20. Application of a Eutrophic Condition Index to Benthic Macroalgal Accumulation in Pacific Northwest Estuaries

    EPA Science Inventory

    Studies of benthic macroalgal accumulation in coastal estuaries of the Pacific Northwest, USA, were conducted over a 12-year period, including aerial mapping and ground surveys. The results were applied to an assessment framework for eutrophication developed by the European Unio...

  1. Subtidal benthic macroinfaunal assemblages in tropical estuaries: generality amongst highly variable gradients.

    PubMed

    Barros, Francisco; de Carvalho, Gilson Correia; Costa, Yuri; Hatje, Vanessa

    2012-10-01

    South American estuaries are frequently not included in the search for general ecological models and studies dealing with biological assemblages in estuaries frequently do not sample the entire salinity gradient. We sampled three tropical estuaries, two times each, on ten stations distributed along each system. Six replicates were collected in each station for the benthic macroinfauna and sediment samples for grain size and inorganic contaminant analyses. There were finer sediments at the lower than at the upper estuarine portions. There was a decrease in the diversity, at family level, from marine to freshwater and the differences on the structure of the benthic assemblages were mostly spatial. In spite of the many different characteristics of the three estuaries (e.g. catchment size, pollution levels, proximity with the inner continental shelf) several consistent patterns of benthic macrofauna distribution along these systems were still observed. It suggested a general empirical model regarding the distribution of different benthic invertebrates along tropical salinity gradients which can be tested in different estuaries around the world.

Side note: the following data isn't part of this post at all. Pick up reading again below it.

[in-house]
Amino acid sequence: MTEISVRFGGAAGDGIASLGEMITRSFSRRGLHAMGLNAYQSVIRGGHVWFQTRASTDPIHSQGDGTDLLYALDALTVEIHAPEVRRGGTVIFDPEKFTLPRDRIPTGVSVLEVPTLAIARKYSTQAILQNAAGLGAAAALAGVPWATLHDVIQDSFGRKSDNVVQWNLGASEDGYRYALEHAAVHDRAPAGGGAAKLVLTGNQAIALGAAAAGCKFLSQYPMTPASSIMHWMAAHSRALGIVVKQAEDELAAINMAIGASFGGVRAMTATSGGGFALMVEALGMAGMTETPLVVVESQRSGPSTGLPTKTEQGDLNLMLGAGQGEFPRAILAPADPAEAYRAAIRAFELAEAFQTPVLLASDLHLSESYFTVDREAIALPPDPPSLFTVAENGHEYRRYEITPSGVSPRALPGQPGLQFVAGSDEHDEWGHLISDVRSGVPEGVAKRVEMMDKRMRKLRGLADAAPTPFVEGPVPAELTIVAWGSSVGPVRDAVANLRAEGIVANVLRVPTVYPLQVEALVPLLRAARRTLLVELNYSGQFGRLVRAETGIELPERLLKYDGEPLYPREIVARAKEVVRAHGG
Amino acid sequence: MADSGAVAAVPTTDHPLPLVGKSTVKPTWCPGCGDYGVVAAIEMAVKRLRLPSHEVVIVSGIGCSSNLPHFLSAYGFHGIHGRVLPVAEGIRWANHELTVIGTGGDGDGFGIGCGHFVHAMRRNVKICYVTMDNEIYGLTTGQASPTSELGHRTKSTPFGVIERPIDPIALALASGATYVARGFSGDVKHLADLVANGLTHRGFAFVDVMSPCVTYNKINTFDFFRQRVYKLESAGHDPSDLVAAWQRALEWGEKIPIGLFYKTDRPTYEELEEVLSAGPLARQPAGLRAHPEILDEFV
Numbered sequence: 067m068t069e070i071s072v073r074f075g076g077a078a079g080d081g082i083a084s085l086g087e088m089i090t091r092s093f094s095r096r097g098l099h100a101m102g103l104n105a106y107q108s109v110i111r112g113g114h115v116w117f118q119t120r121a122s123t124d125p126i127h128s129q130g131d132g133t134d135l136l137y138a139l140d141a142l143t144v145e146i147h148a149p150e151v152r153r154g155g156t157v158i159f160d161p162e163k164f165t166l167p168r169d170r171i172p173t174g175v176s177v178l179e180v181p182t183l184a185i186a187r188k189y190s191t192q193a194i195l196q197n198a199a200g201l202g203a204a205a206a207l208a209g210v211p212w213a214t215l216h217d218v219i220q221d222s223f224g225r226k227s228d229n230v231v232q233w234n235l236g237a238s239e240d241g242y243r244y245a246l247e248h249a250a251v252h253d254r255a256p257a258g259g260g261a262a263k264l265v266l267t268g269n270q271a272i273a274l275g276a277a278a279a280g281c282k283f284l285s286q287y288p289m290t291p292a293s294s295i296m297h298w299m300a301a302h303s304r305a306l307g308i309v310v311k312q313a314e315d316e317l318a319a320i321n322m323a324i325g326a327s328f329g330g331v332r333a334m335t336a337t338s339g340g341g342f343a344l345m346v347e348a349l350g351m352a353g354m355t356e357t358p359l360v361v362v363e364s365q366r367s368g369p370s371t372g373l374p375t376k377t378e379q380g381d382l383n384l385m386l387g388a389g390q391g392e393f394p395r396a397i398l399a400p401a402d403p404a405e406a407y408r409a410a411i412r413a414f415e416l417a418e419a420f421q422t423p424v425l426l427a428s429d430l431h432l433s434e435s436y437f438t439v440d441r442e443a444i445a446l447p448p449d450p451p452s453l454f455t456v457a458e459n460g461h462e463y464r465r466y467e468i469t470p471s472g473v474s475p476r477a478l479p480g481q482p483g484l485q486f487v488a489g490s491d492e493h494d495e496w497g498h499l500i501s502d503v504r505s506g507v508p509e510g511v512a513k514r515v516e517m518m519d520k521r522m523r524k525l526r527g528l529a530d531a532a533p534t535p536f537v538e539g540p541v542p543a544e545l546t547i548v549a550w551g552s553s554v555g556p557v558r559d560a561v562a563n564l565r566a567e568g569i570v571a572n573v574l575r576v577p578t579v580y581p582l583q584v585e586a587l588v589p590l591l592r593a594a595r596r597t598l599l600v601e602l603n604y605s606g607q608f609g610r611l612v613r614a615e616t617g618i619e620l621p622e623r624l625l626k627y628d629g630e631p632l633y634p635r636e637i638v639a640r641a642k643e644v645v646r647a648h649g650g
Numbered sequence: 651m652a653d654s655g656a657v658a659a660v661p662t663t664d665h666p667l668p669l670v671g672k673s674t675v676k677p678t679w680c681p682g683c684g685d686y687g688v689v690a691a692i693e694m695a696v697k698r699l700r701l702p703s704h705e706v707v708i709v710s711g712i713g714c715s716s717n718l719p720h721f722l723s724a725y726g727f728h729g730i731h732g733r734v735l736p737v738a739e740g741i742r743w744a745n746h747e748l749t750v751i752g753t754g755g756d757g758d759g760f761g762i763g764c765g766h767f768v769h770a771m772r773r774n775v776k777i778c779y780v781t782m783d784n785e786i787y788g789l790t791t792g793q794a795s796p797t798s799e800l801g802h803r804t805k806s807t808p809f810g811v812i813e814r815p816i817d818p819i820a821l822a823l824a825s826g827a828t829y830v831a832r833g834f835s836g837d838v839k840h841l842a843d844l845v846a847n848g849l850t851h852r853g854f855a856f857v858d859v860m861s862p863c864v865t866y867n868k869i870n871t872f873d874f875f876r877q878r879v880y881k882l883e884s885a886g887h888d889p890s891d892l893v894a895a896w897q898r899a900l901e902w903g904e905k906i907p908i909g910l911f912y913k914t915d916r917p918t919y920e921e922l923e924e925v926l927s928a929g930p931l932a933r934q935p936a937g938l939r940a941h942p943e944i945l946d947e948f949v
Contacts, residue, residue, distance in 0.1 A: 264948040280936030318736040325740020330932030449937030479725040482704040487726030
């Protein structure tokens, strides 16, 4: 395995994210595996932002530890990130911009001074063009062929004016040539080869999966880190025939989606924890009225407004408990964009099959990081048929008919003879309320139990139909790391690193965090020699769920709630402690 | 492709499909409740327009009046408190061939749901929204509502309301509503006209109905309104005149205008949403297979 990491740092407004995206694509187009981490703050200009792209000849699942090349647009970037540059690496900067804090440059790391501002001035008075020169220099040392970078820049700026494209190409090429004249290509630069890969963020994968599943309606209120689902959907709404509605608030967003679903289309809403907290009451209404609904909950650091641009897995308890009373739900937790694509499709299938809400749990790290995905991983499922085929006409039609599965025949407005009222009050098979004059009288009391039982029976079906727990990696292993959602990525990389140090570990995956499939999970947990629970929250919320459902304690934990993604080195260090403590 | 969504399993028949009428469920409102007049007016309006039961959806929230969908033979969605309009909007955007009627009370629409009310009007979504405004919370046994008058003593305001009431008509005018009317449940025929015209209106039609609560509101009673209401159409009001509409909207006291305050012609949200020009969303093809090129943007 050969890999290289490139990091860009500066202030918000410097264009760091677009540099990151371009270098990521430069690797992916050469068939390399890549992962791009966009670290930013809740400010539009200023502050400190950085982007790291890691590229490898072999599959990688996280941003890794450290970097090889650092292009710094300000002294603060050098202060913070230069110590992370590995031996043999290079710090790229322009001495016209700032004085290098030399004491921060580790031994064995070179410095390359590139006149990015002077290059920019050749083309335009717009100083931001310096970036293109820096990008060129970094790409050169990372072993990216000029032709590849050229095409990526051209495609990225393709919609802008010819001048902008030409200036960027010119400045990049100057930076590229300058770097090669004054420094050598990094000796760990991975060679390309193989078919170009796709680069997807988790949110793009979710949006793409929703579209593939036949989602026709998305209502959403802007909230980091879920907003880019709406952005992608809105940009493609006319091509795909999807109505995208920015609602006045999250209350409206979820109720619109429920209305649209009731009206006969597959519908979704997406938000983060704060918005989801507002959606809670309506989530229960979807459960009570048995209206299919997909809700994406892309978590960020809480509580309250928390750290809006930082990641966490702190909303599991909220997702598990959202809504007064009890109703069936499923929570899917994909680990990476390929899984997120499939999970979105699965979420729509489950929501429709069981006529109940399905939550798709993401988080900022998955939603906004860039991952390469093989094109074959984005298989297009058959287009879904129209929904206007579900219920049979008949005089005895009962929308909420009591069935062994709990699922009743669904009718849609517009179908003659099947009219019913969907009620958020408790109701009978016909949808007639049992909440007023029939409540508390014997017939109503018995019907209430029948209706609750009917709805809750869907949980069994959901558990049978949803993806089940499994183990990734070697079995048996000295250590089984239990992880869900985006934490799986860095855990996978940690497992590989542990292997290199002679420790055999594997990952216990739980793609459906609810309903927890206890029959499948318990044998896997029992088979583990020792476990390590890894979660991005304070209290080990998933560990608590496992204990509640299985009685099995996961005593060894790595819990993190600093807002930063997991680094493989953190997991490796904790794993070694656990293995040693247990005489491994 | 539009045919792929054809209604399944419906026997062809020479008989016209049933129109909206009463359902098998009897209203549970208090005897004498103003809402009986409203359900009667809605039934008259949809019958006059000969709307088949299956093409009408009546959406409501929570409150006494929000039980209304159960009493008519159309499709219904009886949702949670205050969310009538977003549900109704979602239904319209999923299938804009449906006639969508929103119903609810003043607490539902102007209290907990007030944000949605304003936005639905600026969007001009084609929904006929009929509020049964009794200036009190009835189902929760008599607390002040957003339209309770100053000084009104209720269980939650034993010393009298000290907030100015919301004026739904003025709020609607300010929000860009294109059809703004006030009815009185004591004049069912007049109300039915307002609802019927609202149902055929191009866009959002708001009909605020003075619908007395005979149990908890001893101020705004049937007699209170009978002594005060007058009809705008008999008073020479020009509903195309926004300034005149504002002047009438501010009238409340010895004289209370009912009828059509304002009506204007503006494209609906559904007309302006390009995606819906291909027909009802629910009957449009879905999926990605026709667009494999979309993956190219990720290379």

2. EFFECTS OF HURRICANE KATRINA ON BENTHIC MACROINVERTEBRATE COMMUNITIES ALONG THE NORTHERN GULF OF MEXICO COAST

    EPA Science Inventory

    A study was initiated in fall 2005 to assess potential effects on benthic fauna and habitat quality in coastal waters of Louisiana, Mississippi, and Alabama following Hurricane Katrina, which struck the coast of Louisiana, between New Orleans and Bioloxi, Mississippi on August 29...

  3. Cd in planktonic and benthic foraminiferal shells determined by thermal ionization mass spectrometry

    SciTech Connect

    Rickaby, R.E.M.; Greaves, M.J.; Elderfield, H.

    2000-04-01